I knew from the first page that this was going to be wonderful. The fact that the peacocks were called Barry and Norman was enough for me, I felt that I was in safe hands, that Philip Pullman was going to make me smile and fear and worry about the characters who were coming along as the chapter progressed.

The presentation of the book is lush and gorgeous, the cover alone is a thing of beauty. The illustrations at the beginnings of the chapters are simple and perfect. The print is large and friendly and makes the book seem like a giant, but it isn’t really. It is a manageable size and best of all, it never talks down to it’s reader, it understands that it is for a reader of all ages. I just loved it.

Timebomb by Joelle Charbonneaux

timebombLook at all those 5 star reviews and I’m giving it a 3.5. I found it hard to get into at first, it felt a little bit messy at the beginning, however once the story gets going it really rocks along. You’ve got a lot of characters being set up at the start which you need, but there are so many people I just got a little bit lost. Then once they are all at school on a Saturday for their various reasons you realise they are in terrific danger and then it becomes a great big rollicking survival story. Being stuck in a multi story building where bombs are going off is a very scary scenario and the story is about how they survive and deal with this horrible situation.

I like Joelle Charbonneau’s writing, her The Testing and it’s sequels are one of my really popular books at school, she does tension and teenage drama really well. She has a lot of characters in here and they all have issues. The kind of issues that teenagers all over the world are dealing with, these are all dealt with really well. A few of characters I didn’t actually come to grips with until they were at the centre of the action but the majority of them were people I came to understand and feel for.
There are some really good plot twists and as the book goes on, it is as tense as a really good crime novel.

In summary, it is a good book, thoroughly engaging once you get into it This is a novel which has mass appeal, I’ll definitely be buying copies for my students.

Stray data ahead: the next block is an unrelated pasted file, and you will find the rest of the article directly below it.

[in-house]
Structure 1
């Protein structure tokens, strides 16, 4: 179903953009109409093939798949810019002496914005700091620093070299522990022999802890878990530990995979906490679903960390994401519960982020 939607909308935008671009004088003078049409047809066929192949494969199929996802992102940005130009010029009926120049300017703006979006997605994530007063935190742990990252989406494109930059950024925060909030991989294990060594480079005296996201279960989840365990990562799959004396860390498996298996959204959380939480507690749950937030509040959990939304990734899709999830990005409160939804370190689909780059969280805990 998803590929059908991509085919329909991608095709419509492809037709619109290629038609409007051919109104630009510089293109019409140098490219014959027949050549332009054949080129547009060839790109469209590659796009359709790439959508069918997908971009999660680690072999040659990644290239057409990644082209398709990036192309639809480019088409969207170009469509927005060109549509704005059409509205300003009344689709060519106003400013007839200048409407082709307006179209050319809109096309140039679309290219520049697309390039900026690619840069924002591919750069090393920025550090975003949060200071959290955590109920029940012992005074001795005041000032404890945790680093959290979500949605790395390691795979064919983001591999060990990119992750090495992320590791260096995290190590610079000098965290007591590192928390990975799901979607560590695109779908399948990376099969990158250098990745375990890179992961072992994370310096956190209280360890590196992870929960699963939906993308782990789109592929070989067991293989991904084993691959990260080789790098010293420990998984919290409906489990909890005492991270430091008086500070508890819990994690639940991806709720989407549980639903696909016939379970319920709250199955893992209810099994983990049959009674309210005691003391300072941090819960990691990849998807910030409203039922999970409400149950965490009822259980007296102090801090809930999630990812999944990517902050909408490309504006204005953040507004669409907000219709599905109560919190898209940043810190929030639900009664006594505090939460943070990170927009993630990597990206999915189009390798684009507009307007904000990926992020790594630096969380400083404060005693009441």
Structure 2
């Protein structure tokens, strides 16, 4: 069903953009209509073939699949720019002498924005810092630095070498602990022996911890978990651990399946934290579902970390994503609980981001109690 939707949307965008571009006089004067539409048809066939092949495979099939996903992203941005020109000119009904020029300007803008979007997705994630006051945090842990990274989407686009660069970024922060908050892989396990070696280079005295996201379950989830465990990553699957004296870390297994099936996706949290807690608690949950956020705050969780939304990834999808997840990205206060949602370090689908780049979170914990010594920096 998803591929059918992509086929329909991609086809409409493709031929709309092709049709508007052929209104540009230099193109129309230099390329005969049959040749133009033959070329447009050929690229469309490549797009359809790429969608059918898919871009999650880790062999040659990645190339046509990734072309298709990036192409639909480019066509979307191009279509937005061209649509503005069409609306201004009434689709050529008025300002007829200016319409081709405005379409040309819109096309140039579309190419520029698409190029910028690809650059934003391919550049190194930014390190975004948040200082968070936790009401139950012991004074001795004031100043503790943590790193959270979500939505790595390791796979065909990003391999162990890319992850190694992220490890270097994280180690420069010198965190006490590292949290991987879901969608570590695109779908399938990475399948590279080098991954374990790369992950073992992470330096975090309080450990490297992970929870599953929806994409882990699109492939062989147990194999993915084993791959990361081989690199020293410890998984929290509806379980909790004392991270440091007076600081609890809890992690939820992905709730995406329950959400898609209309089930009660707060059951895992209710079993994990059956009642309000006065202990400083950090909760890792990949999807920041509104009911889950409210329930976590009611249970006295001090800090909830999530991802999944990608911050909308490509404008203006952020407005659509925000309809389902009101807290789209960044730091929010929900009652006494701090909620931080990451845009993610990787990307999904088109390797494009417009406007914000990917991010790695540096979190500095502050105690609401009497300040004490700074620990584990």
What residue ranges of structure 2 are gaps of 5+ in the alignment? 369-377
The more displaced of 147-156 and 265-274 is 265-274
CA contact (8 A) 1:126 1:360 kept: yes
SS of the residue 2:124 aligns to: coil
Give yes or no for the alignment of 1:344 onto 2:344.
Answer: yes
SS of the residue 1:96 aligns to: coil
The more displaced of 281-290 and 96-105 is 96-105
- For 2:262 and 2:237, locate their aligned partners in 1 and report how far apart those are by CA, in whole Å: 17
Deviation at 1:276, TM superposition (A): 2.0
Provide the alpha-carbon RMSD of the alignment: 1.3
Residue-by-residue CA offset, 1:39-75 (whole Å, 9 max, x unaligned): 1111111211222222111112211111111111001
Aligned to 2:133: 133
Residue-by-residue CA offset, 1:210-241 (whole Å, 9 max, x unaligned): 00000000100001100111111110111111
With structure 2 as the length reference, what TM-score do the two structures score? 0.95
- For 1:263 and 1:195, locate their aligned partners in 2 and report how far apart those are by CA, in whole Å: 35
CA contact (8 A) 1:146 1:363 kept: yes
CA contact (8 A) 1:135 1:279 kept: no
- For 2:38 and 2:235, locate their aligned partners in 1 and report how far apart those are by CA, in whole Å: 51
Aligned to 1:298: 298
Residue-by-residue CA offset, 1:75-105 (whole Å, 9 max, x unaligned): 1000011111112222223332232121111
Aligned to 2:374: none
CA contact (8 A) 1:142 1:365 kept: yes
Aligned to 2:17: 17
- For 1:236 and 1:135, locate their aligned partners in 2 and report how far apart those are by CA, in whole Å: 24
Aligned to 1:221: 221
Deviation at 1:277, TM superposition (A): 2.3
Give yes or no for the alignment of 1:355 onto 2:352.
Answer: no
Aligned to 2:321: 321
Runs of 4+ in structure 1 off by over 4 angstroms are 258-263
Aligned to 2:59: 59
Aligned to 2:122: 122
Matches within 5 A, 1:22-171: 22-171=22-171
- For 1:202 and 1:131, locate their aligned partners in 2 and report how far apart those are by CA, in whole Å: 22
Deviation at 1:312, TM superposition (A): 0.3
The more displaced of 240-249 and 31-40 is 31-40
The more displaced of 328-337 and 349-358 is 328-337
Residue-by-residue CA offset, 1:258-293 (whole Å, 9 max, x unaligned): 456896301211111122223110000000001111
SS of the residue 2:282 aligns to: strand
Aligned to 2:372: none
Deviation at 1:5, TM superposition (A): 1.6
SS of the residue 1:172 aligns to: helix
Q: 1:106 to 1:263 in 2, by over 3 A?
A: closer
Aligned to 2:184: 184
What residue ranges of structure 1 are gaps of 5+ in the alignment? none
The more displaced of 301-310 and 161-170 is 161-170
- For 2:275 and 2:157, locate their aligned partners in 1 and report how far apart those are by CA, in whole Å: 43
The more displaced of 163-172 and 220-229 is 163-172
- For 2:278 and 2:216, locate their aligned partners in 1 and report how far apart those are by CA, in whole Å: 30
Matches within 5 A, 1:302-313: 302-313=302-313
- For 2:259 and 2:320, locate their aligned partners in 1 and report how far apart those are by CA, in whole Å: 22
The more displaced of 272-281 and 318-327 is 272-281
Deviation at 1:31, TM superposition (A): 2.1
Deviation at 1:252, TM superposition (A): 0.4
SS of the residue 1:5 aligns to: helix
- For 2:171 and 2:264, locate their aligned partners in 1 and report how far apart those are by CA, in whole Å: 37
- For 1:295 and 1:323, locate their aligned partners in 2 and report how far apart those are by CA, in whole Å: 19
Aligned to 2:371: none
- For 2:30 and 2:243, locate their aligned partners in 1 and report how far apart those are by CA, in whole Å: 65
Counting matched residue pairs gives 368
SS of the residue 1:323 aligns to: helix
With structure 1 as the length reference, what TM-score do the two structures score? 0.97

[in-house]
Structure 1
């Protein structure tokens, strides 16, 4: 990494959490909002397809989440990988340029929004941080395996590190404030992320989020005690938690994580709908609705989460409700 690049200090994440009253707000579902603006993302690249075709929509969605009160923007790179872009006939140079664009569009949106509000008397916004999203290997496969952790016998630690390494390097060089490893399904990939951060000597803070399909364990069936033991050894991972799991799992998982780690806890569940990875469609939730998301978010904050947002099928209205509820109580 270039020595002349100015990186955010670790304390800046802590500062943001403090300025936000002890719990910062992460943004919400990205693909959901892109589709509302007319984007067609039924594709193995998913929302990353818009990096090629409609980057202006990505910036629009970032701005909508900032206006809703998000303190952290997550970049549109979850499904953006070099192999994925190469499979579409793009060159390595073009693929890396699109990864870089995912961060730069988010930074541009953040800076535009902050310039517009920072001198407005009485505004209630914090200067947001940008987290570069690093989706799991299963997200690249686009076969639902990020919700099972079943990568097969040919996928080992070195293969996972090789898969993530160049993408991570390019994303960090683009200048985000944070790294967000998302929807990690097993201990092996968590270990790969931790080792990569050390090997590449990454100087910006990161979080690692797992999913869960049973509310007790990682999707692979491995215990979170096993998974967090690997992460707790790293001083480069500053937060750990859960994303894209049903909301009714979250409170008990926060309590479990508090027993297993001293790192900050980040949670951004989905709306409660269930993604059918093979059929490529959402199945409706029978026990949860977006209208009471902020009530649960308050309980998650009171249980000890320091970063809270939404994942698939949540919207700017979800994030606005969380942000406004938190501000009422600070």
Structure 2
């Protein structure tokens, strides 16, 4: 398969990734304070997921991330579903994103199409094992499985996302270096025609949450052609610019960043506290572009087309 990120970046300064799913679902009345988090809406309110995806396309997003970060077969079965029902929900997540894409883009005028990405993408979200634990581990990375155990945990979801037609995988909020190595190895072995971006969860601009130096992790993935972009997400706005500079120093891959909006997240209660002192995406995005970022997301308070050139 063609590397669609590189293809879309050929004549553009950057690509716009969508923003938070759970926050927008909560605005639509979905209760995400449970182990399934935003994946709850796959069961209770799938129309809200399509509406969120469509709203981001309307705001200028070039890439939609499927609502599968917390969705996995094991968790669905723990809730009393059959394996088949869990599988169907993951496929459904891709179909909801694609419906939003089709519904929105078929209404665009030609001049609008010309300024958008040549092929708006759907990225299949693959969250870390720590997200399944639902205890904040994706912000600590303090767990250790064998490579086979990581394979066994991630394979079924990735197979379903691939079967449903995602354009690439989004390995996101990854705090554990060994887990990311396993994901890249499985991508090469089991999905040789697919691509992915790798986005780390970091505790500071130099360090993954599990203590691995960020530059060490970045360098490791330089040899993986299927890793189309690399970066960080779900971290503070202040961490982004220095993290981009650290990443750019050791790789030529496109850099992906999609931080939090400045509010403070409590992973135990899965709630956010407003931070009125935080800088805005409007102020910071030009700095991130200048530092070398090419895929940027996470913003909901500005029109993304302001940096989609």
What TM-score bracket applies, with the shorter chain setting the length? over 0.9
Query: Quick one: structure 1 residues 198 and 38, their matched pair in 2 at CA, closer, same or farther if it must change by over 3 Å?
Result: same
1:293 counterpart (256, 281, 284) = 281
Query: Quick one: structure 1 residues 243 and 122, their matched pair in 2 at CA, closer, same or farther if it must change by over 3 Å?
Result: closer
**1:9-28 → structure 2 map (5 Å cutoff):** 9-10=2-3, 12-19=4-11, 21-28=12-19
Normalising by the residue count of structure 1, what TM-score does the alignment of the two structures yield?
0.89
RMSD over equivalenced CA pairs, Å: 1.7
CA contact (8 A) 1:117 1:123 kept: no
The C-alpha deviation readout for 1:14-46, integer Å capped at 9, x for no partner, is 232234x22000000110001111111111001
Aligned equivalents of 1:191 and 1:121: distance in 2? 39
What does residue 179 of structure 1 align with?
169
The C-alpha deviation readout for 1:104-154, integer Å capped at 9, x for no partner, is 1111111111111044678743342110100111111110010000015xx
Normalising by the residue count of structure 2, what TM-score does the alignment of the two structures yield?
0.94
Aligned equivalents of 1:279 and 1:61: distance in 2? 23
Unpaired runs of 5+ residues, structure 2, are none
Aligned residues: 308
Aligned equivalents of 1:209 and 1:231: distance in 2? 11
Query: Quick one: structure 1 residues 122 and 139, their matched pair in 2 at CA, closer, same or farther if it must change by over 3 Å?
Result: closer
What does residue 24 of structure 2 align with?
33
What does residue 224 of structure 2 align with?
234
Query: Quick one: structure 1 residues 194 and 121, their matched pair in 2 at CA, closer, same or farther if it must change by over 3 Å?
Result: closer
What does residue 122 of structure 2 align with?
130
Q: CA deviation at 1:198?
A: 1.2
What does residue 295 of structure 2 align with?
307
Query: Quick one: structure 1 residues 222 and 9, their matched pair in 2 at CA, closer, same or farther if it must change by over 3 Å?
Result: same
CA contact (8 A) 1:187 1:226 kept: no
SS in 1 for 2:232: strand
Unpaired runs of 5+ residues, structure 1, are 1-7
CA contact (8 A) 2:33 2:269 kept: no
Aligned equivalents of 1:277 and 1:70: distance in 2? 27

Thanks very much to Netgalley for the opportunity to read this book.

Sparrow by Scot Gardner

SparrowOne of the best books I’ve read this year! Scot Gardner is one of my favourite authors, he gets teenagers and he writes them well. This one is particularly good. It is the story of a boy called Sparrow, it takes place in dual time settings, beginning on an uninhabited island where he has washed up after his ship sinks, this island is far from idyllic, there are terrible creatures everywhere all of which want to hurt (or even eat) him. We also meet Sparrow before this happens when he is living on the street, helping out in cafes to try and get free food to keep himself from starving. We begin to find out how he ended up in this situation and there is nothing good about his past life. He has been abused, mistreated, lied to and abandoned. Despite all this Sparrow is loveable and kind to others.

Sparrow’s journey from abandoned urchin to imprisoned youth is gripping. I fell in love with him from the very first sentence and I cried at some of the appalling things that happened to him. Sparrow’s relationship with the cafe people is wonderfully written, very realistic, full of pathos and at times raw and edgy.

If you are looking for books for teenage boys just head out and buy all of his books for them. They are properly real and beautifully constructed, but their real beauty is in the characters of realistic boys who deal with the crap life throws at them in amazing ways. A real contender for my YA book of the year.

Below is Scot Gardner reading the first chapter.  You should definitely listen to it. Definitely!

Under the Lights by Abbi Glines

underI’ve been generous with these two stars. As the book went on I disliked the characters, their attitudes and the way they carried on more and more. I hadn’t realised that this was book 2 in the series when I started it, I don’t think it mattered that I hadn’t read the first one, and I’m not going to read it now. I’m a bit gutted as I’ve bought the series for school on the strength of reviews I’d read, I should have realised from the gushing that it wasn’t going to be for me.

At the beginning I enjoyed meeting Willa who has had a very troubled life, with a mother who is flakey and we hear over and over how Willa ruined her life because she was born when she was too young. Luckily for Willa she has grown up with her grandmother mostly, having loads of fun with the children of the family her grandmother works for in ‘the big house’. Then Willa goes back to live with her mother and discovers sex drugs and social media and is involved in an event which lands her in juvenile detention. Now she is back at grandmothers house and rebuilding her life. This is all good!

Then we encounter the boys from the big house and the guys and girls they are friends with and it all turned to custard for me. The attitudes towards the girls are horrifying, there is not a single ounce of respect for them from the boys. The comments on their sexual behaviour are horrible, on what they wear, on what they look like. I thought this was a novel with attitudes from the 1950s. Sexist and classist and redneck. I finished it in the end because it was a bit like watching a train wreck, you know it is awful but you can’t take your eyes off the horror. I really need to strip off a star. There, I feel better now.

I hate the idea that this is popular with teens, I hate the idea that the attitudes portrayed in this novel are considered acceptable by young people in this so called enlightened age. Don’t read it.